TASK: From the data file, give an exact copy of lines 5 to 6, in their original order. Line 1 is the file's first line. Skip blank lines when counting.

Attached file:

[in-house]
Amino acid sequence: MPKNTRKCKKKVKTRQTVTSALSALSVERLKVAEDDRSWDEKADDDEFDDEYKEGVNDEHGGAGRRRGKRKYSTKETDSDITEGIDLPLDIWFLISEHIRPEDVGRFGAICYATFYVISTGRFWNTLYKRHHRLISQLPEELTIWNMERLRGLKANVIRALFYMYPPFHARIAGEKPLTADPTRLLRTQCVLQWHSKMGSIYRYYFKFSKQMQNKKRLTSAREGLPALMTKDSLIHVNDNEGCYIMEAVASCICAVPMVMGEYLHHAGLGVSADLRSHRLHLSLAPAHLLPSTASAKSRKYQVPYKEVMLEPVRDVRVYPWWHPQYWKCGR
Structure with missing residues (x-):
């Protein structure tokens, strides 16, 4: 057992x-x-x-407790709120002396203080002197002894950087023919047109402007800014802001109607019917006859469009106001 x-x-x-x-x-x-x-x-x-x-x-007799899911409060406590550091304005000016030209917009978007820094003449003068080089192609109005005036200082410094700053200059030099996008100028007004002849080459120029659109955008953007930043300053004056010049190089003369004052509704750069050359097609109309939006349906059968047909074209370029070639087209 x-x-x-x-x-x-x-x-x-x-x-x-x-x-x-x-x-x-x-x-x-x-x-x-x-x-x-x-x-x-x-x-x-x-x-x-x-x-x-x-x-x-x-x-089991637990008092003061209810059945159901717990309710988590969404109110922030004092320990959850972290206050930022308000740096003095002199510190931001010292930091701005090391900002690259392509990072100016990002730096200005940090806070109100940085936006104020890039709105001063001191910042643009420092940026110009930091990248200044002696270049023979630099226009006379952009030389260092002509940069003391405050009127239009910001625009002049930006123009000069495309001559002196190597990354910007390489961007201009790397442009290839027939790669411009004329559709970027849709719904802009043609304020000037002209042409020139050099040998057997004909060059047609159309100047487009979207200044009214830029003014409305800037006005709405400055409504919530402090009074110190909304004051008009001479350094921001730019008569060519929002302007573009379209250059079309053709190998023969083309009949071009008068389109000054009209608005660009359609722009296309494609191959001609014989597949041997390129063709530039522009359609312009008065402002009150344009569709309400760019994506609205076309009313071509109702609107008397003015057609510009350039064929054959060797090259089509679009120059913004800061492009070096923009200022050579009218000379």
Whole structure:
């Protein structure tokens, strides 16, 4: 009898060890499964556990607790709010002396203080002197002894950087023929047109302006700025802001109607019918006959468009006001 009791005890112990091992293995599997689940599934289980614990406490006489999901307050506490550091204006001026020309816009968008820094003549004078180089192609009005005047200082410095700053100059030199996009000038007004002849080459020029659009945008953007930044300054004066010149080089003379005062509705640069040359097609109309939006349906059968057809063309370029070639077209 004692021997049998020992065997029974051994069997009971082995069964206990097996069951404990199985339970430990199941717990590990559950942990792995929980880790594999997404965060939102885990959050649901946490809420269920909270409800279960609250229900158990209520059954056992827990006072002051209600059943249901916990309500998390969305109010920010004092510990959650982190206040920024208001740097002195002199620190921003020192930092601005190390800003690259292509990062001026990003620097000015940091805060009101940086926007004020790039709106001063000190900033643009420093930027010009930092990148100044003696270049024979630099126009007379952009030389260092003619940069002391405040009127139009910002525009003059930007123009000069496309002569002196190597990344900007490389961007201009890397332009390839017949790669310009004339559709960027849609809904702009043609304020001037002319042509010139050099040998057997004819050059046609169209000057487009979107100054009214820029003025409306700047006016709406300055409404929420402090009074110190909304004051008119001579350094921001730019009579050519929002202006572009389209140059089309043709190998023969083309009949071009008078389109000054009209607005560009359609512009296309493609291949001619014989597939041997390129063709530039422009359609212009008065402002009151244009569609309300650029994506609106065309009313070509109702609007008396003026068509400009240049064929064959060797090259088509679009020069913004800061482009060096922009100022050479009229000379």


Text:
Whole structure:
């Protein structure tokens, strides 16, 4: 009898060890499964556990607790709010002396203080002197002894950087023929047109302006700025802001109607019918006959468009006001 009791005890112990091992293995599997689940599934289980614990406490006489999901307050506490550091204006001026020309816009968008820094003549004078180089192609009005005047200082410095700053100059030199996009000038007004002849080459020029659009945008953007930044300054004066010149080089003379005062509705640069040359097609109309939006349906059968057809063309370029070639077209 004692021997049998020992065997029974051994069997009971082995069964206990097996069951404990199985339970430990199941717990590990559950942990792995929980880790594999997404965060939102885990959050649901946490809420269920909270409800279960609250229900158990209520059954056992827990006072002051209600059943249901916990309500998390969305109010920010004092510990959650982190206040920024208001740097002195002199620190921003020192930092601005190390800003690259292509990062001026990003620097000015940091805060009101940086926007004020790039709106001063000190900033643009420093930027010009930092990148100044003696270049024979630099126009007379952009030389260092003619940069002391405040009127139009910002525009003059930007123009000069496309002569002196190597990344900007490389961007201009890397332009390839017949790669310009004339559709960027849609809904702009043609304020001037002319042509010139050099040998057997004819050059046609169209000057487009979107100054009214820029003025409306700047006016709406300055409404929420402090009074110190909304004051008119001579350094921001730019009579050519929002202006572009389209140059089309043709190998023969083309009949071009008078389109000054009209607005560009359609512009296309493609291949001619014989597939041997390129063709530039422009359609212009008065402002009151244009569609309300650029994506609106065309009313070509109702609007008396003026068509400009240049064929064959060797090259088509679009020069913004800061482009060096922009100022050479009229000379």